This paper addresses whether credit rating downgrades feed back on the asset value of the downgraded companies, causing real losses. To investigate this issue we construct a structural credit risk model incorporating ratings and the feedback loss. To estimate the parameters of the model we develop a maximum likelihood estimator using time series of equity prices and credit ratings. Implementing the model on a sample of US public firms downgraded from investment grade to junk, we find strong support for the existence of feedback losses. First, estimated feedback losses are significant for a third of our sample with the cross-sectional averages of the feedback loss around 7 %. Second, the behavior of estimated asset volatilities around downgrades in real data is consistent with the predictions of our model. We observe a hump-shaped pattern of estimated asset volatilities when feedback is ignored. Using the feedback model, the hump-shaped pattern disappears. These findings suggest that ignoring feedback can lead to the appearance of changing asset volatility even when the real volatility is constant. Last, accounting for feedback helps in asset volatility prediction.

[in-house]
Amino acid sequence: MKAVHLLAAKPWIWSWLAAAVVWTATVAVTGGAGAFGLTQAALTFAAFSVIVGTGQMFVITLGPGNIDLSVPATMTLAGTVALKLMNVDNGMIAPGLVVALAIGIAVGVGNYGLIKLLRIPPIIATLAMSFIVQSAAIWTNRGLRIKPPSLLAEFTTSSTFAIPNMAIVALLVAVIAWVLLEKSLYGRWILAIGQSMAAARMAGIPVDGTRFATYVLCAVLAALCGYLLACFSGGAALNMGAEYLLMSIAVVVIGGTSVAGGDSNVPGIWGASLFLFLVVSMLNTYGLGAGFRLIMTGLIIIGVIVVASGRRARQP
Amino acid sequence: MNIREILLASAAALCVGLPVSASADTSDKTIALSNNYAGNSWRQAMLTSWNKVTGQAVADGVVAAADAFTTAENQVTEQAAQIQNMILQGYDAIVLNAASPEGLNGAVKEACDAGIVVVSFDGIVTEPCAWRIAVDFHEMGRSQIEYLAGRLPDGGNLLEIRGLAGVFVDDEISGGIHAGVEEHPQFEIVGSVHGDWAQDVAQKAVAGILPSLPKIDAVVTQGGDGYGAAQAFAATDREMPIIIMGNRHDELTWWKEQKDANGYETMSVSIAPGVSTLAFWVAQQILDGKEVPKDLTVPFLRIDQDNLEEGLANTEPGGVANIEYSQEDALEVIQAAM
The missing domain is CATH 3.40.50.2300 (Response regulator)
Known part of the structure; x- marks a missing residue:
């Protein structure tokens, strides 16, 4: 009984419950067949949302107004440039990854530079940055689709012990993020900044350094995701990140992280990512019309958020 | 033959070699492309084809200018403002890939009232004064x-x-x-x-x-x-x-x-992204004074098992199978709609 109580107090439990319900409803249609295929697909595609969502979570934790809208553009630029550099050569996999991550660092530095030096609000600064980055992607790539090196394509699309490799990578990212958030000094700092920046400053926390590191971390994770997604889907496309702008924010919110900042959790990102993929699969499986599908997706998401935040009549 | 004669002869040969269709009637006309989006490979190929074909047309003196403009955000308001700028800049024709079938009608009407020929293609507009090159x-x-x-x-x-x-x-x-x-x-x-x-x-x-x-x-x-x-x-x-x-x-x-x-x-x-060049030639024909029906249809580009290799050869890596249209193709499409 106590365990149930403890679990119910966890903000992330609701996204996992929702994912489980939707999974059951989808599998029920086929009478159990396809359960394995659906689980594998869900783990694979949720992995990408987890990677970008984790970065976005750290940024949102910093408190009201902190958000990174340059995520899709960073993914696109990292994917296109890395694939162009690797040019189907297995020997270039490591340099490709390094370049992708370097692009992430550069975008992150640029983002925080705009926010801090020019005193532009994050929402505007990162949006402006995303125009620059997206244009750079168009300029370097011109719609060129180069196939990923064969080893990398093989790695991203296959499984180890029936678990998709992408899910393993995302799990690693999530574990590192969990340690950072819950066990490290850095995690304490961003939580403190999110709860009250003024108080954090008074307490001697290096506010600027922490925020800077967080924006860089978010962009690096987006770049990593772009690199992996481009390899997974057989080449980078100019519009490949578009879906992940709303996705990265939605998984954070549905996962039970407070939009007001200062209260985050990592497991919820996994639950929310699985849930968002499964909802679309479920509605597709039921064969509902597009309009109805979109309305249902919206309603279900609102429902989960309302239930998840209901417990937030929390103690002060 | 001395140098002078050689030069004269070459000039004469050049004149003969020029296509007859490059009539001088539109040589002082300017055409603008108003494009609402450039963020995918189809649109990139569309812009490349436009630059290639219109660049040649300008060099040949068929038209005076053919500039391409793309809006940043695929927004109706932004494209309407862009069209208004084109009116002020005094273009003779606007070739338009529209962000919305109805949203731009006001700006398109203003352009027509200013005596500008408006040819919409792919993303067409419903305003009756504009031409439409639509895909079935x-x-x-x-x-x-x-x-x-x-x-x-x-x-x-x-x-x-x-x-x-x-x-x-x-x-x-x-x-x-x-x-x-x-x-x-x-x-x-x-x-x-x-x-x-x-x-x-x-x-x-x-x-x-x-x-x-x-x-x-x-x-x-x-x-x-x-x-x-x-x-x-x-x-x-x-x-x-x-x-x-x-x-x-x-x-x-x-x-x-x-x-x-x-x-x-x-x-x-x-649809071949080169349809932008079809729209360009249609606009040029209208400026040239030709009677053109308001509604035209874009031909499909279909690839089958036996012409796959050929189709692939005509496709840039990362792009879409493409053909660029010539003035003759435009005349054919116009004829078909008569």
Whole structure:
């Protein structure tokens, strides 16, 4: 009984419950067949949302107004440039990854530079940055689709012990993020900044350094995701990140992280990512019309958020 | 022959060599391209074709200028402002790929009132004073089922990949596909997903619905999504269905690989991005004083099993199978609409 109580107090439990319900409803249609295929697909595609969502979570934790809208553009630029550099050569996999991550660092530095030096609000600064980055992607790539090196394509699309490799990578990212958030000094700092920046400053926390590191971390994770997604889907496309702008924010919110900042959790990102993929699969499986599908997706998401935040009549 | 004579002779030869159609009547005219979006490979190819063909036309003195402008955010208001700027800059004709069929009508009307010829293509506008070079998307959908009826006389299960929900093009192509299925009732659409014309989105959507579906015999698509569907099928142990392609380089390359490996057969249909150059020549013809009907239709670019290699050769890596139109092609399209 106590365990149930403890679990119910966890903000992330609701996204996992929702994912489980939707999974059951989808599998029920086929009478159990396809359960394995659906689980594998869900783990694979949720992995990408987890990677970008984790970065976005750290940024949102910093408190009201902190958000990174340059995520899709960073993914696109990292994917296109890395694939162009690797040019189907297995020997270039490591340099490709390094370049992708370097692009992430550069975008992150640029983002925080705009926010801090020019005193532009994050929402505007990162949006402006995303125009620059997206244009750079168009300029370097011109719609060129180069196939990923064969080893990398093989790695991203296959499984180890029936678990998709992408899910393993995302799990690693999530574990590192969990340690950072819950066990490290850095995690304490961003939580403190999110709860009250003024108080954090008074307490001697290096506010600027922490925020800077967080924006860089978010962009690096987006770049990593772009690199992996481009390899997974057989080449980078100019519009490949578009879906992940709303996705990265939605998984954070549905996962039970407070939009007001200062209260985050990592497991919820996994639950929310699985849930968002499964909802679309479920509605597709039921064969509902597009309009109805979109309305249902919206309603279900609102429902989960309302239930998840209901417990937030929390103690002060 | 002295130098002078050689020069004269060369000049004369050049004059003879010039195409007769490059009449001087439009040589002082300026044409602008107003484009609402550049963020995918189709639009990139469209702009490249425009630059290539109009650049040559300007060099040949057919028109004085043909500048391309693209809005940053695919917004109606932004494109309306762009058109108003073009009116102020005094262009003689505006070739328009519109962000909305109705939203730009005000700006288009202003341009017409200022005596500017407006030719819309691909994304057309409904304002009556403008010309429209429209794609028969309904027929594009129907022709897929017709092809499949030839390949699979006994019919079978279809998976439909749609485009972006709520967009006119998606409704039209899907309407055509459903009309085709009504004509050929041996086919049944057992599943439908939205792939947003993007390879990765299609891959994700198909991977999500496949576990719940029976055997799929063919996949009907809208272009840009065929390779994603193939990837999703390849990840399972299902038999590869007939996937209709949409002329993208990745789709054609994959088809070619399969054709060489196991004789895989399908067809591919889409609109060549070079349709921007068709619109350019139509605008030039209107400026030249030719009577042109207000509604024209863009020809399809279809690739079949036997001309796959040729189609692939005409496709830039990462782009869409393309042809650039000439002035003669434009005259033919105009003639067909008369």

FULOP, A. (2006). Feedback Effects of Rating Downgrades. ESSEC Business School.